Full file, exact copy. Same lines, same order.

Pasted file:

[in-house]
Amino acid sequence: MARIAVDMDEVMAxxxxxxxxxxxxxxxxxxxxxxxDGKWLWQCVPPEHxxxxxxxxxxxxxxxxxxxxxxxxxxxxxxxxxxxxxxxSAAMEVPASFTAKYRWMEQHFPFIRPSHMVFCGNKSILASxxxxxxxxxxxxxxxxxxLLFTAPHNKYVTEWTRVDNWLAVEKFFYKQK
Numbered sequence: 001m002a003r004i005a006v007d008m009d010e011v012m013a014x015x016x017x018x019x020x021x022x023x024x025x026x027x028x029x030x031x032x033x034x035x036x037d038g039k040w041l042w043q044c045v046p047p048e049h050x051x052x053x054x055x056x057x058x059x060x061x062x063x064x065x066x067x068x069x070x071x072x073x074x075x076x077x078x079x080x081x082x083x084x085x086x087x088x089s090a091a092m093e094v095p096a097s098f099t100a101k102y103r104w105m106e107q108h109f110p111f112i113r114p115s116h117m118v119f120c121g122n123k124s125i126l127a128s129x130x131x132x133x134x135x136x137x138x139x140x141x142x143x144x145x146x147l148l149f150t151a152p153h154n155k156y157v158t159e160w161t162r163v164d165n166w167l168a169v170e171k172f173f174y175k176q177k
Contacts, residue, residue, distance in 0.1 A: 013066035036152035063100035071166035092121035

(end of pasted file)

[in-house]
Amino acid sequence: MARIAVDMDEVMAxxxxxxxxxxxxxxxxxxxxxxxDGKWLWQCVPPEHxxxxxxxxxxxxxxxxxxxxxxxxxxxxxxxxxxxxxxxSAAMEVPASFTAKYRWMEQHFPFIRPSHMVFCGNKSILASxxxxxxxxxxxxxxxxxxLLFTAPHNKYVTEWTRVDNWLAVEKFFYKQK
Numbered sequence: 001m002a003r004i005a006v007d008m009d010e011v012m013a014x015x016x017x018x019x020x021x022x023x024x025x026x027x028x029x030x031x032x033x034x035x036x037d038g039k040w041l042w043q044c045v046p047p048e049h050x051x052x053x054x055x056x057x058x059x060x061x062x063x064x065x066x067x068x069x070x071x072x073x074x075x076x077x078x079x080x081x082x083x084x085x086x087x088x089s090a091a092m093e094v095p096a097s098f099t100a101k102y103r104w105m106e107q108h109f110p111f112i113r114p115s116h117m118v119f120c121g122n123k124s125i126l127a128s129x130x131x132x133x134x135x136x137x138x139x140x141x142x143x144x145x146x147l148l149f150t151a152p153h154n155k156y157v158t159e160w161t162r163v164d165n166w167l168a169v170e171k172f173f174y175k176q177k
Contacts, residue, residue, distance in 0.1 A: 013066035036152035063100035071166035092121035